Boomerang Alliance Newsletter - December 2022

December 2022

A new Federal Government – moving from promises and policy to action?

The Albanese Government came to power in May 2022 on a platform of change. For those of us looking for more positives on plastic pollution that meant at least a couple of things. Internationally we wanted Australia to sign a treaty on plastic pollution and to take the high ambition path proposed by the Europeans. This looks likely.

Domestically we want the Commonwealth, as they promised in Opposition, to introduce new regulations on packaging that makes producers responsible. The recent collapse of the REDcycle collection program, has dramatically illustrated why this is essential. We also need national standards on reusable, compostable and recyclable products and packaging. The standards have to ensure that products marked as such are actually reused, composted or recycled.

Lastly, we need more from the Commonwealth National Plastic Plan. For example the Plan announced in 2021, identified bans on oxo-degradable and polystyrene foodware and loose packaging as well as PVC labels. These were supposed to be in place in 2022. As we write nothing has been achieved. It should have a major revision, including mandatory targets.

We are looking for more positive leadership and significant policy change from this new government and we will be working to make sure this happens.

Jeff Angel


The good news is that all state and territory governments have now introduced or plan to introduce bans on many problem single use plastics. However, the reality is that the pace of change remains slow and could be a lot quicker. This is despite the fact that the problem of single use plastic waste is well recognised; the alternative products and practice are readily available; and the public have continued to demonstrate significant support for more action.

This year, Western Australia continued its comprehensive policy agenda with South Australia, Queensland and the ACT adding to their policies. For the first time NSW took action, becoming the last state to ban lightweight plastic bags (July 2022) and new bans in November. Victoria followed suit and will implement bans in February 2023. Both Tasmania and the NT have promised to act before 2025.

Some governments have published schedules and roadmaps to outline what they intend to do and when. Something we encourage all governments to do. It helps to provide time to adapt to the changes.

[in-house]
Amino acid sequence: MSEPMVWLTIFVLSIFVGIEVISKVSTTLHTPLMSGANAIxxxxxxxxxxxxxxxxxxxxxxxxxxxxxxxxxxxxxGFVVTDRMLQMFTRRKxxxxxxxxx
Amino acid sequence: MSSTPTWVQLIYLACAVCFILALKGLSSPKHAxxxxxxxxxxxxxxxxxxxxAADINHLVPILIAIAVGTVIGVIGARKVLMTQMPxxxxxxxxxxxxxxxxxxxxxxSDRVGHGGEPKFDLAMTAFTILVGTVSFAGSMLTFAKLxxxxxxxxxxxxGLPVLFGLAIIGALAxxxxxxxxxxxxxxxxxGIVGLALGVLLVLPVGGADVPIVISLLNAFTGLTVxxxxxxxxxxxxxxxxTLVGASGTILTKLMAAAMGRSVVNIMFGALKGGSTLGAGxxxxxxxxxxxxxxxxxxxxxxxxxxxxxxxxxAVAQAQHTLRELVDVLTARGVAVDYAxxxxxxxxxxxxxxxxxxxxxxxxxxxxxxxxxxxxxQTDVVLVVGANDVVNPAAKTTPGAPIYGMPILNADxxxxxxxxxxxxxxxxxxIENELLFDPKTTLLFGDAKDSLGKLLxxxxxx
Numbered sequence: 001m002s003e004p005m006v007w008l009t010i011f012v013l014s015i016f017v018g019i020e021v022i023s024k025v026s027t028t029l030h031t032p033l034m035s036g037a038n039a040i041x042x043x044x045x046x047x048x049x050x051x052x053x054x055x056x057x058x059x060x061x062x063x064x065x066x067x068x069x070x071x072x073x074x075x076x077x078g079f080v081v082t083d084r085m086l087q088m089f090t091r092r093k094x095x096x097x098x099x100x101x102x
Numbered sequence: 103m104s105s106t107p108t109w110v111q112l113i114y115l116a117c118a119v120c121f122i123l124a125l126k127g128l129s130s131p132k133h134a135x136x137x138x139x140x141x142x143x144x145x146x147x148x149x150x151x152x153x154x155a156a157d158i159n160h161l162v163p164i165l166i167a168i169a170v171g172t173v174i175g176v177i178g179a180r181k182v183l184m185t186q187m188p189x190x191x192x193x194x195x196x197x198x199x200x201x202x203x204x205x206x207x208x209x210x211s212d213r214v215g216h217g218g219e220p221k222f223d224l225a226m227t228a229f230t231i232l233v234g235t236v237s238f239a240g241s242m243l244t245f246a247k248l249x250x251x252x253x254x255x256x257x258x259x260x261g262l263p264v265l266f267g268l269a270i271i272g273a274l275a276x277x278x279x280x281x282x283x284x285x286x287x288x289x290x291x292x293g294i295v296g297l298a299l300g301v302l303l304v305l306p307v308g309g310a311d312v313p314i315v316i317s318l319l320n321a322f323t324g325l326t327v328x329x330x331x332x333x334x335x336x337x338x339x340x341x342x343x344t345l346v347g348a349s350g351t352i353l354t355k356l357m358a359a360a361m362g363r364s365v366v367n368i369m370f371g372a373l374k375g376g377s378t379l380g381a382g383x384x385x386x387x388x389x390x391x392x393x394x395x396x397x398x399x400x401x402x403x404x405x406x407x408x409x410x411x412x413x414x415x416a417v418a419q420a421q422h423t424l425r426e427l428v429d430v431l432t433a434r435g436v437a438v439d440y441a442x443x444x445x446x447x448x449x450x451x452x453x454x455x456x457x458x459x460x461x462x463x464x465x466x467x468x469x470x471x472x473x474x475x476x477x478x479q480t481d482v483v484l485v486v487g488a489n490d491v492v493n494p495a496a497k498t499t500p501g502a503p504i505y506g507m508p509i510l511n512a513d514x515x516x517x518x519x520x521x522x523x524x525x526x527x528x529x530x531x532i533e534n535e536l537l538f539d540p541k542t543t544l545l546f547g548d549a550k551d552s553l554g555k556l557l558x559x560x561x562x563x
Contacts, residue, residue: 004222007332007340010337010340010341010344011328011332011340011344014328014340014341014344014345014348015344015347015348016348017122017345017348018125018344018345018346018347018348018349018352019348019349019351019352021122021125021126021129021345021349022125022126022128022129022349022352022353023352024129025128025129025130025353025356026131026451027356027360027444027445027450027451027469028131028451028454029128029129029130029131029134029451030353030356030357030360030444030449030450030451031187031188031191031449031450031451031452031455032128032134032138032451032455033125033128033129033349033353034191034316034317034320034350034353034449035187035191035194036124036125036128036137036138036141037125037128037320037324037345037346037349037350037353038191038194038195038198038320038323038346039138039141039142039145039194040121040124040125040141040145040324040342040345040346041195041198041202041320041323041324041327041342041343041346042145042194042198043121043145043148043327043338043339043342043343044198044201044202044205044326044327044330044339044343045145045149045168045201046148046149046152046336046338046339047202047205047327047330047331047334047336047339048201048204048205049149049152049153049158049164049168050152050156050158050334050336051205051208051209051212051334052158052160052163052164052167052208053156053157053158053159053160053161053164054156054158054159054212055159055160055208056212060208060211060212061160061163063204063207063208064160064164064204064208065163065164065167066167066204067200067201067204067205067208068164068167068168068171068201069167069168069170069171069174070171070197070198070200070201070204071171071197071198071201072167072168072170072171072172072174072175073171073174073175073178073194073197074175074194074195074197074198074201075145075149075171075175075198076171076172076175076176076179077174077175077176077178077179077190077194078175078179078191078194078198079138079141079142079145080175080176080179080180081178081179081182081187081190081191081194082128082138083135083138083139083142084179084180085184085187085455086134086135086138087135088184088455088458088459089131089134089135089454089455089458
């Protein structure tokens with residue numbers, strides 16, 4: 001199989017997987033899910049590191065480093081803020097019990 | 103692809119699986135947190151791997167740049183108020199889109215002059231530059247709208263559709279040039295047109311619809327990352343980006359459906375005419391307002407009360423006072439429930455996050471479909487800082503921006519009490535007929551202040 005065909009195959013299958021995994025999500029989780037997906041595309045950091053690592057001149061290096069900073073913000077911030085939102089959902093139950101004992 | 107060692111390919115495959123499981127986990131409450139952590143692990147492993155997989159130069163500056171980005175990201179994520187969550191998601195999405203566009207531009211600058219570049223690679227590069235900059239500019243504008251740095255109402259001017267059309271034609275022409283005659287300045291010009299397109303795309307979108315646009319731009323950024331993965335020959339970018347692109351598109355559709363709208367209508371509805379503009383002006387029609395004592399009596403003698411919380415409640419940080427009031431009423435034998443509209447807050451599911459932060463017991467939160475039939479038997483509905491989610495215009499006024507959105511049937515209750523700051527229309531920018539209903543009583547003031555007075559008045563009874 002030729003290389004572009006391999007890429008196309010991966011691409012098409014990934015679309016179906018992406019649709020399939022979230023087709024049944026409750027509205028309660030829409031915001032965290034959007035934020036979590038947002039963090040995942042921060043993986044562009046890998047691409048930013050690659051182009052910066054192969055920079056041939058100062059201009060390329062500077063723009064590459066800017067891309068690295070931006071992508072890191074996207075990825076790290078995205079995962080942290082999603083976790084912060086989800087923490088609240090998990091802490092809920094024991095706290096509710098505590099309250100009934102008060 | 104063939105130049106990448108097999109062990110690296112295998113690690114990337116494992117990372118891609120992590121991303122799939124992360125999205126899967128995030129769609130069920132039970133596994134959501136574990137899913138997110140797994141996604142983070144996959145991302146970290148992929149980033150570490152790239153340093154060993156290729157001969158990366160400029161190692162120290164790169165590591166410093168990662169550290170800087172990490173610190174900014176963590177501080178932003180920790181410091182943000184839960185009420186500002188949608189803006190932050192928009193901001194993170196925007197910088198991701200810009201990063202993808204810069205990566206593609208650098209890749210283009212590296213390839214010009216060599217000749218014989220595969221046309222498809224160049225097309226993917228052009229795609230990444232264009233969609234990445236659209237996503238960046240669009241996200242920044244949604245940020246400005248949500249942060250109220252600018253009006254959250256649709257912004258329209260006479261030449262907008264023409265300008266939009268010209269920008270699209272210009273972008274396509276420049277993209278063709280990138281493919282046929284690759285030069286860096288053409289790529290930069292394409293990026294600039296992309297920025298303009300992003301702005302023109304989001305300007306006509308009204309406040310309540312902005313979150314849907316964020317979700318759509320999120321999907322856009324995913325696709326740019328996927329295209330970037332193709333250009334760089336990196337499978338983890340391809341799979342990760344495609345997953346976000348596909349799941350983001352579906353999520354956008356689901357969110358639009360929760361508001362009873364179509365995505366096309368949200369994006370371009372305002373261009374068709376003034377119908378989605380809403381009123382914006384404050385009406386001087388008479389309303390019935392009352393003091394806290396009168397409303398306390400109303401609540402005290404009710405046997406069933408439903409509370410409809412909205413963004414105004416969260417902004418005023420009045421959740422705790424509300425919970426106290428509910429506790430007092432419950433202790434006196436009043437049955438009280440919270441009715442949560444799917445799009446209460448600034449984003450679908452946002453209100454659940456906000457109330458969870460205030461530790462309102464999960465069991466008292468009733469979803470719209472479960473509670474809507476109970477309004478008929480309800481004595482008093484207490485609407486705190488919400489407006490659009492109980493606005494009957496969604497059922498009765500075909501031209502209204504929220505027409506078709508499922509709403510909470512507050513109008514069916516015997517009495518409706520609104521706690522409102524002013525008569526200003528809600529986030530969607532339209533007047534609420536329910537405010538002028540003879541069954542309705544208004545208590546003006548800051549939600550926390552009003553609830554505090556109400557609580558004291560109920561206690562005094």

The Boomerang Alliance has called on all Australian governments to introduce new policies to stop the greenwashed heavier weight shopping bags and end disposable coffee cups with lids. These are the two items we hear most about from supporters and the general public. 


State and territory governments have decided to include wine, spirit, cordial and juice bottles into the successful Container Refund Schemes (CRS) across Australia. NSW is intending to be the first to act but has come up against strong lobbying from the wine industry.


The collapse of the REDcycle soft plastic collection service involving major supermarkets has exposed Australia's poor record on plastic recycling. Of the estimated 150,000 tonnes of soft plastic waste generated just by households every year, REDCycle was collecting about 7000 tonnes.


Our Plastic Free Places program is active across Australia and has helped businesses eliminate over 16 million pieces of single-use plastic. 2022 has been a big year for the program, but 2023 is set to be even bigger.


Our campaigner Lisa Wriley is saying goodbye after being with the Boomerang Alliance for 12 years. "Changes didn’t just happen because governments thought it was a good idea. They happened because we kept pushing them and we made it happen."


We would not have been able to do all these works without you, who support us by making a donation, signing a petition, sharing our social media posts and sending us words of encouragement. We still have much work to do in 2023 and we hope you will continue to support us.

Please donate so we can continue our fight against plastic pollution.